The dean of Rutgers School of Public Health discusses what the near future of the pandemic looks like
Throughout the country, states are opening up and lifting COVID-19 restrictions that have been in place for more than a year at a time when only about a third of Americans have been fully vaccinated and less than a half have received at least one dose.
Perry N. Halkitis, dean of the Rutgers School of Public Health, discusses how to interpret new guidelines, what to expect in the coming months, and if this is an indication that life is returning to normal.
What do we know about vaccine efficacy?
It’s clear from studies done in Israel and data collected in the United States that show decreased cases and hospitalizations that the vaccines do provide a high level of protection for those who are vaccinated. While we still might become infected with the virus again, it will never advance to a complex disease. The antibodies we develop will prevent the virus from getting high enough in our bodies to allow it to be easily transmitted to others. The vaccine benefits us and the people around us.
When should we wear a mask?
You do not need to mask while in your home with your family if they are vaccinated, when you’re outside, such as walking on the beach or on a street quickly passing people. It’s all about assessing a situation and judging for yourself. I tend to wear a mask in public places, but if I were out walking alone, I do not wear a mask. I continue to wear my mask at the gym, supermarket or in any place where I do not know the people.
It’s important to remember that there are people who are at risk like children who cannot be vaccinated or people with conditions that do not allow vaccination. As a commitment to them and their health, wear a mask.
What do the next several months look like?
We will continue to have a pandemic for the foreseeable future. We have this idea of herd immunity, but we don’t know exactly what that proportion is for COVID-19 and that percentage has to be standard worldwide.
I foresee regulations being lifted from now until the end of the year and continued restrictions in travel to certain parts of the world. I see outbreaks potentially happening like they do with HIV. All you need to do is introduce one infection into the pool and you have a wild infection. I also think the winter holiday season should look a little bit more normal.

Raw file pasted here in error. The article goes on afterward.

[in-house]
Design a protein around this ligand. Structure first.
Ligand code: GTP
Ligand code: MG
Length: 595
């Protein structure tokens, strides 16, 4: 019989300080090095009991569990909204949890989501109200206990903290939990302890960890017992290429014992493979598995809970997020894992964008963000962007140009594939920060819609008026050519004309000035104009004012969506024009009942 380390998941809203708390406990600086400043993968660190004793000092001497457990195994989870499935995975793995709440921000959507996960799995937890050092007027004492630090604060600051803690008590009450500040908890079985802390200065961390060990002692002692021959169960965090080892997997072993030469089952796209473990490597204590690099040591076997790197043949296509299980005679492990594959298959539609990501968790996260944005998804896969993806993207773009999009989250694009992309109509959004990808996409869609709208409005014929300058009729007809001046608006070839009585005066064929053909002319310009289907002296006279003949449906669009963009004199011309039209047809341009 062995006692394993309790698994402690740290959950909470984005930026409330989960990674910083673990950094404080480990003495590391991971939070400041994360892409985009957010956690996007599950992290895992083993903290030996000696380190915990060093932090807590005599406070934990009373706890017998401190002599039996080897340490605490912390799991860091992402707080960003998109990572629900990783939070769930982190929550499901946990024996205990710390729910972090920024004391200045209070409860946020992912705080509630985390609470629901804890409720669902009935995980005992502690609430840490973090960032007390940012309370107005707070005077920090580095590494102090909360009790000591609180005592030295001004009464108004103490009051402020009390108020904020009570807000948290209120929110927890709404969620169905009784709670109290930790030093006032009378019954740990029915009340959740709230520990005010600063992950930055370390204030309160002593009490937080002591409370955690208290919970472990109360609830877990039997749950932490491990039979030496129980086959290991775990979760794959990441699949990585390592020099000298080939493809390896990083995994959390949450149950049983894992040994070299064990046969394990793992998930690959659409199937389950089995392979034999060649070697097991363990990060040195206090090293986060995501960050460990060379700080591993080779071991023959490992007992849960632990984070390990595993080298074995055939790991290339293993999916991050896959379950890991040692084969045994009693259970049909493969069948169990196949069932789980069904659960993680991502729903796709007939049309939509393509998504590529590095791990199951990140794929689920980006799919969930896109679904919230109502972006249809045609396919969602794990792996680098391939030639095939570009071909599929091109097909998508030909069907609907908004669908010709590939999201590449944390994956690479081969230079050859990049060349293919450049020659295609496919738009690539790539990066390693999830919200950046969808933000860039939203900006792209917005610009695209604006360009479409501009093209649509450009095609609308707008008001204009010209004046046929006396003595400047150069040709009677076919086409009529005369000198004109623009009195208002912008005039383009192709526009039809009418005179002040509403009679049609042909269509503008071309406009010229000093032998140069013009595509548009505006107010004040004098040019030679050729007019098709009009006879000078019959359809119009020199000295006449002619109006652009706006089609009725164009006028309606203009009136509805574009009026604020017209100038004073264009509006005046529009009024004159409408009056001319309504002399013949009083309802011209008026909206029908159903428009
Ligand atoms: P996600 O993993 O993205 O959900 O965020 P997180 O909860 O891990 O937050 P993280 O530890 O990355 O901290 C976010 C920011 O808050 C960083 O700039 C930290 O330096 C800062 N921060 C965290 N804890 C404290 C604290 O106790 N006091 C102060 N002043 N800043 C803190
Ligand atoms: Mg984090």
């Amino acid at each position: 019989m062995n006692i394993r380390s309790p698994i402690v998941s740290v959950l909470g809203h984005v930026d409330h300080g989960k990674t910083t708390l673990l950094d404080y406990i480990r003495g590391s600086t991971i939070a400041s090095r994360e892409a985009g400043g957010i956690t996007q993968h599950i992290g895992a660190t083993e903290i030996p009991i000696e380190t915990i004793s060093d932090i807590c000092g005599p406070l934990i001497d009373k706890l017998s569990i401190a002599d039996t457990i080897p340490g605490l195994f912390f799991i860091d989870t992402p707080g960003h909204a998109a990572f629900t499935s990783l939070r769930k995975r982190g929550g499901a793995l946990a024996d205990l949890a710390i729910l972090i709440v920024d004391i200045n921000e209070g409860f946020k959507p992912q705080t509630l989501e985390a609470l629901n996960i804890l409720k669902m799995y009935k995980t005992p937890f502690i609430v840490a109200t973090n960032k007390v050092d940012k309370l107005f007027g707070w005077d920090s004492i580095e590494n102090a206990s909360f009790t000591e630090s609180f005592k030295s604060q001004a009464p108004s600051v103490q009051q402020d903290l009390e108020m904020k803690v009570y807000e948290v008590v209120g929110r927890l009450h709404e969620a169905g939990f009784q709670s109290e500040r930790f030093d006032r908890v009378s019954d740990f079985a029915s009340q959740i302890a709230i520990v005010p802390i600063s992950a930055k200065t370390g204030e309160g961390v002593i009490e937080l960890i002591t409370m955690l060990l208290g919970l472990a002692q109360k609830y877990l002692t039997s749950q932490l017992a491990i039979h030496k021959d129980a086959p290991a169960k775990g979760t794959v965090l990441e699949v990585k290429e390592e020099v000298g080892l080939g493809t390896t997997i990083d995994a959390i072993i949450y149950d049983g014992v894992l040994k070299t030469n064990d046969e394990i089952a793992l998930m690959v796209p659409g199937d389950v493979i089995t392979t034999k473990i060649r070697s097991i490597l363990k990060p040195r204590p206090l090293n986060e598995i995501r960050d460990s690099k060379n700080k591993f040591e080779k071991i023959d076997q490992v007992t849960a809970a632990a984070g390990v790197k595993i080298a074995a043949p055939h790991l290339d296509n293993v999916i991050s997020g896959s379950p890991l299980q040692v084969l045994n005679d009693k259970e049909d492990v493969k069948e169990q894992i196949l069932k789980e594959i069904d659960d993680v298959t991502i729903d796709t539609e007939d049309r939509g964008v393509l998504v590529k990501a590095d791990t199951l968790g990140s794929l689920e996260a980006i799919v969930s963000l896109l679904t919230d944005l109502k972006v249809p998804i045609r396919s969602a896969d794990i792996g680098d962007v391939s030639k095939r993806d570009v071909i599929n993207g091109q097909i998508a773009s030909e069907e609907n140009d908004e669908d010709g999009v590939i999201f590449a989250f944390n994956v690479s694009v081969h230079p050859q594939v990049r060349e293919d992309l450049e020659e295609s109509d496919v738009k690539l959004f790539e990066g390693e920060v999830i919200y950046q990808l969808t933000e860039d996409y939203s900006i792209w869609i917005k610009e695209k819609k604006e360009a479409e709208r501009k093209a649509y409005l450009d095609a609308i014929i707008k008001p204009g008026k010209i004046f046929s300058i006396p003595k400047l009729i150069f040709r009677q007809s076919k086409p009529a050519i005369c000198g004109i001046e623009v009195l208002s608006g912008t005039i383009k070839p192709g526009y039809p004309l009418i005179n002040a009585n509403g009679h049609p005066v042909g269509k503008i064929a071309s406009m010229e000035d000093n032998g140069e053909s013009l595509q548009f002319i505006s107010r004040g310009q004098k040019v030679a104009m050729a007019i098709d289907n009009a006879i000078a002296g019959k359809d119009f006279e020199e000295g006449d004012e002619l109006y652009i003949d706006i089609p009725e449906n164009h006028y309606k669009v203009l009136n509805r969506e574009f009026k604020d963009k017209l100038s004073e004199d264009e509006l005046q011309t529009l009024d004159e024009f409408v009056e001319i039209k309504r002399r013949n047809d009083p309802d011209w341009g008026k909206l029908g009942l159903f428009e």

Will we need more vaccinations?
Thankfully, it looks like the vaccines are working for most of the variants. However, unless we get the virus under control, a variant might emerge that will not be controlled by the vaccines. In that case, we may need a booster or an annual vaccination.
The richest countries need to come together to provide vaccines for those that need it the most. We are in a global society. People travel and viruses like this will continue to exist.
We live in a civil society and by doing so agree to be part of a civil compact. If you are among the group who does not want to be vaccinated, I think you give up certain rights. For example, you might need to have the vaccine to return to school.
What challenges do you see continuing in mental health?
I see re-traumatization. Marginalized populations — people of color, women, sexual gender minorities — are being re-traumatized, which can manifest in conditions like depression and substance use. As a nation, we need collective therapy. We did an analysis of LGBTQ+ people in the first quarter of the pandemic and the rates of drug abuse were unbelievable. We need to focus on mental health as part of health, providing resources that are accessible to people so they can enhance their well-being.